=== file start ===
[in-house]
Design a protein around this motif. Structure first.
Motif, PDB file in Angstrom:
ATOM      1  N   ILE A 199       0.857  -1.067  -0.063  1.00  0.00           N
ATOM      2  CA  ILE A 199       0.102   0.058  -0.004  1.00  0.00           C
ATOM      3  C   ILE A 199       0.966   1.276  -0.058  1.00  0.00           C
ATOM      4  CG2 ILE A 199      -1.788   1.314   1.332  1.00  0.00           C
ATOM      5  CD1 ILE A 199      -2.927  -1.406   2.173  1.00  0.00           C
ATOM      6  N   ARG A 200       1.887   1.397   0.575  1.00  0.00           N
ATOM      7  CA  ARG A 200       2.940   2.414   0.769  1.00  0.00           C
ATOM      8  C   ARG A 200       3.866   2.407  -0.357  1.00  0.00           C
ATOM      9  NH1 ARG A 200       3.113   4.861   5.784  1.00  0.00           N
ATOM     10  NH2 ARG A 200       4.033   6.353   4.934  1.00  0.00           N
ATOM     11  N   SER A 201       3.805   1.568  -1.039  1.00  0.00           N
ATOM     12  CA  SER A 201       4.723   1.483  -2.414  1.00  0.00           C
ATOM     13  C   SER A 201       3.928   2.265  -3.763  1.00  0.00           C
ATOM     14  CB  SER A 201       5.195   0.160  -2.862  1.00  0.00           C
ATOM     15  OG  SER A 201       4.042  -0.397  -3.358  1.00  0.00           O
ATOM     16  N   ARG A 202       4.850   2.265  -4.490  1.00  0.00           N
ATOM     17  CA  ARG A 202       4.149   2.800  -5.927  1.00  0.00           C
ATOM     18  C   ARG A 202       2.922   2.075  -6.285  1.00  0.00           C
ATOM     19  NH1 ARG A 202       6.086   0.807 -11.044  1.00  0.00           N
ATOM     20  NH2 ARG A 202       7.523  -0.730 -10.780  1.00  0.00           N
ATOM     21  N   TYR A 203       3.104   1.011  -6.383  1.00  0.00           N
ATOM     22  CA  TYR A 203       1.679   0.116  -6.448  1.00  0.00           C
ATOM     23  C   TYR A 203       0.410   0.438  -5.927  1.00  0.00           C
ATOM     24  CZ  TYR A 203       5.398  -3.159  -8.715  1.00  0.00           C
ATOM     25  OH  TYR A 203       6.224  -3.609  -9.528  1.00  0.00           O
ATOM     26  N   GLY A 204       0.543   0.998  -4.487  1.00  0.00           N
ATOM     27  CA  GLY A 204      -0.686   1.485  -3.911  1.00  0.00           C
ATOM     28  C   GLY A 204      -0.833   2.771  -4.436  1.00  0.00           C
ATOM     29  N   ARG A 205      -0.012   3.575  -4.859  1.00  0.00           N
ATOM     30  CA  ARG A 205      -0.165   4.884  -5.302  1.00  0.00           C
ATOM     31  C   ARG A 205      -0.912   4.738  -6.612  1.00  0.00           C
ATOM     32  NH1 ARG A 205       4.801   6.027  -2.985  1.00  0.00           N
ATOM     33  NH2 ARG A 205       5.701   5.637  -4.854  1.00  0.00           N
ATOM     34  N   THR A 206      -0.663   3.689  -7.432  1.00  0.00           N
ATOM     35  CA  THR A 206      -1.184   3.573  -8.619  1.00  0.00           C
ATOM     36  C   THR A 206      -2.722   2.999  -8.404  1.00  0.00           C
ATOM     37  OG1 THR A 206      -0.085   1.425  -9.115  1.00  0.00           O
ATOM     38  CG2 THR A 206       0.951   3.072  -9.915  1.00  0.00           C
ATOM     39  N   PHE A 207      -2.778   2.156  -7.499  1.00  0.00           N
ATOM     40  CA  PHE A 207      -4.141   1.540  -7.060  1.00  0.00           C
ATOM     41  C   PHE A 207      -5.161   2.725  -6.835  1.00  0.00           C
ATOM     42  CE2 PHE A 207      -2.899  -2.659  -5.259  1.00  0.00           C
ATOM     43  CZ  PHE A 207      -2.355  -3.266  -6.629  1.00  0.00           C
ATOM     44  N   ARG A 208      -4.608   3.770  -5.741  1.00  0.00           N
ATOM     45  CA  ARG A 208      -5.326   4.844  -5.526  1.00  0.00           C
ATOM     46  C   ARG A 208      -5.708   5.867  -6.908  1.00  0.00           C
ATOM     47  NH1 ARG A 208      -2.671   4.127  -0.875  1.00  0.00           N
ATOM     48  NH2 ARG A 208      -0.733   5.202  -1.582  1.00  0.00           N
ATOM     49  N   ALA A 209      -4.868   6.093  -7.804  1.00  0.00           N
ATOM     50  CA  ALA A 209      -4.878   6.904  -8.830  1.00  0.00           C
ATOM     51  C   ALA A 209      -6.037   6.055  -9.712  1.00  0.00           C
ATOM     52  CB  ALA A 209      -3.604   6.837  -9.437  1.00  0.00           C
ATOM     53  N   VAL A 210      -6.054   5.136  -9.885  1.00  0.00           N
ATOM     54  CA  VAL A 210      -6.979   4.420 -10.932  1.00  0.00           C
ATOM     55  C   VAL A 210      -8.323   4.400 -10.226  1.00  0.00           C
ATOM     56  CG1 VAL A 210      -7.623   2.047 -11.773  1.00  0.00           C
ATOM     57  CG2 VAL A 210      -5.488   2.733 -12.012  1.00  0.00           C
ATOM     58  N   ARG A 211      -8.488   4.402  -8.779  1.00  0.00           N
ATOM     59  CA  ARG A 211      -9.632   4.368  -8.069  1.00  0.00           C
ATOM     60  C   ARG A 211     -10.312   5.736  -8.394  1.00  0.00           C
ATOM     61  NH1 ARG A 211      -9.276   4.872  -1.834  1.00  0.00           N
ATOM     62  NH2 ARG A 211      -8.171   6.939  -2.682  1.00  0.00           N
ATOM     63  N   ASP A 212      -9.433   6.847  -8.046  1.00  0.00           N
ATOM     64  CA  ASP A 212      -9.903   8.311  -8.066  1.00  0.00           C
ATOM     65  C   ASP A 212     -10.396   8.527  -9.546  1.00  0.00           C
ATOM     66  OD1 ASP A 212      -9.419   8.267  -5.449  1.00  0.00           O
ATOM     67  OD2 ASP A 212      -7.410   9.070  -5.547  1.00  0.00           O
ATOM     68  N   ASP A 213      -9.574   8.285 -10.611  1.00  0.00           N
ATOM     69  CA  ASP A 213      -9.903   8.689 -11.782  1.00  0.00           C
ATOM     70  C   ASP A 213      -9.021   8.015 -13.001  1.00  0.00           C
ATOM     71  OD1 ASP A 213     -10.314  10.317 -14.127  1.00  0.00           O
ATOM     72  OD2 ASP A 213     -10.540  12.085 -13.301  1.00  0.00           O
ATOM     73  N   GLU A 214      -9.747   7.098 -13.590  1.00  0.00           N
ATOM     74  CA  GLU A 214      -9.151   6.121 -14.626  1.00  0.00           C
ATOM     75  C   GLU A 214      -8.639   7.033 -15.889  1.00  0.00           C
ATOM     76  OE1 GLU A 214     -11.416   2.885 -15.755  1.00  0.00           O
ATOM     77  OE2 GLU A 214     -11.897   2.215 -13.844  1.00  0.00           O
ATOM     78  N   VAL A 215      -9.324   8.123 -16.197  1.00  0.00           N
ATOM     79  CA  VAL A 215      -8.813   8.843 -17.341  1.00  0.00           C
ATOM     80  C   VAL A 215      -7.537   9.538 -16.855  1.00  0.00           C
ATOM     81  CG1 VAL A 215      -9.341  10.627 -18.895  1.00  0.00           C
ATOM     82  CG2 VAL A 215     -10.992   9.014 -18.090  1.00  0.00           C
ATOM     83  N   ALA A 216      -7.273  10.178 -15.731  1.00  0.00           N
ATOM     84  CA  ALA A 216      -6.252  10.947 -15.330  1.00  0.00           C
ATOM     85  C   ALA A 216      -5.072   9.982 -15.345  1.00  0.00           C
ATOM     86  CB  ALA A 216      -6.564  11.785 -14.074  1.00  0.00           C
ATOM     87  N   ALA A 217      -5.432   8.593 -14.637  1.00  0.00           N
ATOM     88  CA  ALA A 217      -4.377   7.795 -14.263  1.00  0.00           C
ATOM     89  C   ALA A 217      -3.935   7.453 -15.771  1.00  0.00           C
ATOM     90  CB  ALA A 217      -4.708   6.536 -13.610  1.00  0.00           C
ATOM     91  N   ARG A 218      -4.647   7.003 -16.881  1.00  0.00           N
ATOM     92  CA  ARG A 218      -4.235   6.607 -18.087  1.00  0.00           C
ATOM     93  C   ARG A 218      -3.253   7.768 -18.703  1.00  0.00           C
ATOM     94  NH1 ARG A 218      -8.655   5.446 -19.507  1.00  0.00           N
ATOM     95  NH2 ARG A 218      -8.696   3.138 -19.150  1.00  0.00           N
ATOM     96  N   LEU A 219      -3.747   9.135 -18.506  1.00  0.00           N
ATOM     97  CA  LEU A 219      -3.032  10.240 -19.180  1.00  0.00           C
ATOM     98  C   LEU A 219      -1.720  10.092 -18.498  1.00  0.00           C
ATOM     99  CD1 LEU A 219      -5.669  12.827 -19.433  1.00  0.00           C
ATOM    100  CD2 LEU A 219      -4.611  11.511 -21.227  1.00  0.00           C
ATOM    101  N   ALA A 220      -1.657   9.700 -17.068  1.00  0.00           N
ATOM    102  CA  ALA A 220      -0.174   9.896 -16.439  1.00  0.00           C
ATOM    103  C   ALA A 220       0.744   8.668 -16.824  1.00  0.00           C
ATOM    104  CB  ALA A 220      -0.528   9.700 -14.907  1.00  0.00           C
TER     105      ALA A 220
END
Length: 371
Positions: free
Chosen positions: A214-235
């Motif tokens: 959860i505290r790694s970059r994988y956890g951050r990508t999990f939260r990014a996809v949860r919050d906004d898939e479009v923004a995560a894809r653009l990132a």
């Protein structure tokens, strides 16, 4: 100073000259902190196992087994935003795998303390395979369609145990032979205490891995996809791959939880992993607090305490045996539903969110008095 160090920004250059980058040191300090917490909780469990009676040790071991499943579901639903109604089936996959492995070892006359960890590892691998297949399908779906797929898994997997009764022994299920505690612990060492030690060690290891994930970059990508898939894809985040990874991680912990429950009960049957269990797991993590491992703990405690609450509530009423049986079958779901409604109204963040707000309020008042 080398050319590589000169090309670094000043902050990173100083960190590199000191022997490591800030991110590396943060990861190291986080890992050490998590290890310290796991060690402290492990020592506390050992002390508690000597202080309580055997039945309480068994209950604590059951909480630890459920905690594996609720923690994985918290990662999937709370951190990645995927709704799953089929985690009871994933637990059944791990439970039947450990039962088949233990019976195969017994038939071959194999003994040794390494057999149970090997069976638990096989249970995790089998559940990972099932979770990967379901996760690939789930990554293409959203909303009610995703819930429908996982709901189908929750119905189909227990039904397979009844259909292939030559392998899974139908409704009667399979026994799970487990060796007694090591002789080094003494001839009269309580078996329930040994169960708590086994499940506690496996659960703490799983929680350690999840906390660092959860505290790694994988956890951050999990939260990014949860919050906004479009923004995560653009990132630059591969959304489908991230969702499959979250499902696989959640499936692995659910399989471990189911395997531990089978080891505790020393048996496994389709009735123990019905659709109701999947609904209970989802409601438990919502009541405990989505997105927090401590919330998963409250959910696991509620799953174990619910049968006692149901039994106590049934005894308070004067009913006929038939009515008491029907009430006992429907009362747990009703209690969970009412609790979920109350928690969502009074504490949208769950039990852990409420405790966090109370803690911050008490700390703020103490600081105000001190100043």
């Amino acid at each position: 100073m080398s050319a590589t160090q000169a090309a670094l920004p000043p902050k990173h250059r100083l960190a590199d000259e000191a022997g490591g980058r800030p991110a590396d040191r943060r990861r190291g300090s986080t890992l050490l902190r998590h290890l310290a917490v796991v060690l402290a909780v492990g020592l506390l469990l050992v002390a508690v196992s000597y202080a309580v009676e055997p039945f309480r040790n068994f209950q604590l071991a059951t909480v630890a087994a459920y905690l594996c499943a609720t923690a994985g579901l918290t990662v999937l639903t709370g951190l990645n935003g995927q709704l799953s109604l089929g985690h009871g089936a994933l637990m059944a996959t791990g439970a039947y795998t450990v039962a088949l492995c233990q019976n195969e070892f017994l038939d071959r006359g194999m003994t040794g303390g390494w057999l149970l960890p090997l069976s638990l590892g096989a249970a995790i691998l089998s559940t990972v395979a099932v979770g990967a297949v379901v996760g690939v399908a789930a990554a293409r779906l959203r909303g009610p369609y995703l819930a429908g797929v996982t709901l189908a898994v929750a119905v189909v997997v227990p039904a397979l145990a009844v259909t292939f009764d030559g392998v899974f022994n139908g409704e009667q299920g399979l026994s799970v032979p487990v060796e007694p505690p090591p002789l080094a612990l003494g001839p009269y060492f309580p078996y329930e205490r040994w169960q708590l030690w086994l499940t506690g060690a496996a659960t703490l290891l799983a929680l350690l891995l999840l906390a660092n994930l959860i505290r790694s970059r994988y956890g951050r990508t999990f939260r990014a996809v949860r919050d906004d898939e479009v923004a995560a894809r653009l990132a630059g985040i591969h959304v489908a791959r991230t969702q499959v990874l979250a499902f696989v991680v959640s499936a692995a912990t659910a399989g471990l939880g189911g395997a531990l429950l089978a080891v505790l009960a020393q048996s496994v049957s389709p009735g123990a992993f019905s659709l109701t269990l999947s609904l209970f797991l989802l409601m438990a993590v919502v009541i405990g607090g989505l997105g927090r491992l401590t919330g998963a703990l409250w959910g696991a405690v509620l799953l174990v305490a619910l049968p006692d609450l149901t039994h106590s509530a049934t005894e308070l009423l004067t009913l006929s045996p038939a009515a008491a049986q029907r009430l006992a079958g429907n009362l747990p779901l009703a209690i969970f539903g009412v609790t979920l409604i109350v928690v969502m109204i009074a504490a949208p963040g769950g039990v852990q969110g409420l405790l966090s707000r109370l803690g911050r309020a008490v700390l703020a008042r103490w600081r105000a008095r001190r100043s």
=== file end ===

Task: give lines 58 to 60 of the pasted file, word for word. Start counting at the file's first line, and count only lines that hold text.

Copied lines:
ATOM     55  C   VAL A 210      -8.323   4.400 -10.226  1.00  0.00           C
ATOM     56  CG1 VAL A 210      -7.623   2.047 -11.773  1.00  0.00           C
ATOM     57  CG2 VAL A 210      -5.488   2.733 -12.012  1.00  0.00           C